On November 5, 2014, the United States Supreme Court will address the scope of the Sarbanes-Oxley "anti-shredding" law. The interpretation of this somewhat mundane provision may significantly affect how environmental data and tangible objects are kept, stored and retained.
The issue at hand is whether the destruction of a tangible object that relates to a federal investigation is a violation of Sarbanes-Oxley. In the particular case — fish. But rather than fish, in the environmental world, the tangible object could be a data recorder, a piece of production equipment or maintenance items if relevant to a federal investigation.
The Sarbanes-Oxley "anti-shredding" provision arose out of the Enron controversy of the early 2000s when paper was extensively used and records were shredded. While many believed the focus was on document retention, the exact wording of the statute is:
Whoever knowingly alters, destroys, mutilates, conceals, covers up, falsifies, or makes a false entry in any record, document, or tangible object with the intent to impede, obstruct, or influence the investigation or proper administration of any matter within the jurisdiction of any department or agency of the United States ... shall be fined under this title, imprisoned not more than 20 years, or both.
Thus, the scope is broader than records and documents and includes "tangible objects." And it should be recognized that the scope of this provision is not limited to securities law or SEC investigations but applies to any federal investigation, including environmental investigations. Thus, U.S. EPA investigations, often initiated by an information request such as a Section 114 Request for Information relating to a Clean Air Act enforcement matter, can trigger the Sarbanes-Oxley "anti-shredding" requirements.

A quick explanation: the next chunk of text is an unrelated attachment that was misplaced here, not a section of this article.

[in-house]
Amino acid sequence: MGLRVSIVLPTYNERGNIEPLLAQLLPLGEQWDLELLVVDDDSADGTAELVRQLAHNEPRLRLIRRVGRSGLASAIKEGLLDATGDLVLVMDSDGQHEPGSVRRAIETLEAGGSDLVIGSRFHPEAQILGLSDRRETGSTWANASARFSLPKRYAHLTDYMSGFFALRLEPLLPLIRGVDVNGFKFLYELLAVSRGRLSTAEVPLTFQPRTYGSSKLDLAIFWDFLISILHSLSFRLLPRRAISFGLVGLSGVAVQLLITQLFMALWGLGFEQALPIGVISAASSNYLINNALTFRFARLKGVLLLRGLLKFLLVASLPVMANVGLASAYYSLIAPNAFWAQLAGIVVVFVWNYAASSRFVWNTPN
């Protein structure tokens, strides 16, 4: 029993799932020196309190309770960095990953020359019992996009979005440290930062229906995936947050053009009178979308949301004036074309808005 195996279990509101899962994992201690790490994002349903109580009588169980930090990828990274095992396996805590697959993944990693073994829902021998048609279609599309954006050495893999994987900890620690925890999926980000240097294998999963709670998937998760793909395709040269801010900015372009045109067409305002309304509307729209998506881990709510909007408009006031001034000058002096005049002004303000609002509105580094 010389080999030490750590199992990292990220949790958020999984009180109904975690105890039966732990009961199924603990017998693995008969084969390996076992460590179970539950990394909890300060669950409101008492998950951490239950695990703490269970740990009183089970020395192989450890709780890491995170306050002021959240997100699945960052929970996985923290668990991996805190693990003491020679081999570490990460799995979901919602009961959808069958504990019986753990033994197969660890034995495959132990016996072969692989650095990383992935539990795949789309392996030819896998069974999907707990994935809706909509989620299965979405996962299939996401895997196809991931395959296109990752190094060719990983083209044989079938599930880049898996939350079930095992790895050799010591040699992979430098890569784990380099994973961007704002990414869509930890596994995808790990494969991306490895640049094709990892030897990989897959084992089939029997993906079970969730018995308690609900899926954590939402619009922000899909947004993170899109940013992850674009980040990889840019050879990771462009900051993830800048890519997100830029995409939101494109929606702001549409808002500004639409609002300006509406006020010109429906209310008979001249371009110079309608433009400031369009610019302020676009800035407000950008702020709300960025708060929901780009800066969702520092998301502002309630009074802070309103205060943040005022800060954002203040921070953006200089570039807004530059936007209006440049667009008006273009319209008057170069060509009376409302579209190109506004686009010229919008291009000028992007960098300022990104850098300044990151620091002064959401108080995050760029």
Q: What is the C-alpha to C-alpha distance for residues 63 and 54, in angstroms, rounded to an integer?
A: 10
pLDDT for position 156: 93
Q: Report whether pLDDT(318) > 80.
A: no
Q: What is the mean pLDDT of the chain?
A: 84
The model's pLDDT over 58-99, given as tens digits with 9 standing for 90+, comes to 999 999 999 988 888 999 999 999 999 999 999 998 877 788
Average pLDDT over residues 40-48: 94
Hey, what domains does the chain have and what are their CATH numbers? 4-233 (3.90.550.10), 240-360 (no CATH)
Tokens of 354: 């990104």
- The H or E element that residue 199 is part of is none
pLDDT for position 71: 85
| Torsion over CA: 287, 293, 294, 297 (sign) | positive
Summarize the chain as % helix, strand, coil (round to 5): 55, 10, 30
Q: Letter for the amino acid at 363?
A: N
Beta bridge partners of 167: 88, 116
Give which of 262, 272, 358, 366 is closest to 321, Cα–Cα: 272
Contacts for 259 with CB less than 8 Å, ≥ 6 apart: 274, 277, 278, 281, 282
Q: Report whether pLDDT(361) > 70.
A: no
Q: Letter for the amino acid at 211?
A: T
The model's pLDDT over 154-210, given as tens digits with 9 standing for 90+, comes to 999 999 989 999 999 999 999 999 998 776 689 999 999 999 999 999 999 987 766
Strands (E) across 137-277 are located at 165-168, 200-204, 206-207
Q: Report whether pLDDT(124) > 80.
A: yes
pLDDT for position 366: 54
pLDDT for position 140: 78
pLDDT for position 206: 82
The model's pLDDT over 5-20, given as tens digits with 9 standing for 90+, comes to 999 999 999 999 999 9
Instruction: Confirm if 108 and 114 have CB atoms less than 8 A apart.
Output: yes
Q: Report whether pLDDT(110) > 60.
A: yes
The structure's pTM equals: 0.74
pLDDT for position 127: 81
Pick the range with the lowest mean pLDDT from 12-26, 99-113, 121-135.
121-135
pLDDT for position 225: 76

In many instances, the federal investigation may focus on certain production equipment and related monitoring devices. Issues can arise over the quality of the data or the effectiveness of the monitoring. Often times these investigations can take years to resolve. Given that, is it a violation of Sarbanes-Oxley to adjust or replace the data collector/ monitors or, if the dispute involves certain production equipment, part or all of the equipment itself?
The Supreme Court decision may well answer many of these questions, but in the interim, steps should be taken to assure that tangible items that may be the focus of a federal environmental investigation are retained or, alternatively, that agreements are reached with U.S. EPA as to the scope and reach of the Sarbanes-Oxley requirements. The techniques used to preserve evidence in litigation can serve as a useful guide for meeting the Sarbanes-Oxley requirements.
Federal environmental investigations, whether initiated by an inspection or a request for information, raise significant legal issues, not only under environmental law but related and often overlooked requirements. These issues are best addressed upfront to avoid unfortunate and potentially expensive traps for the unwary.
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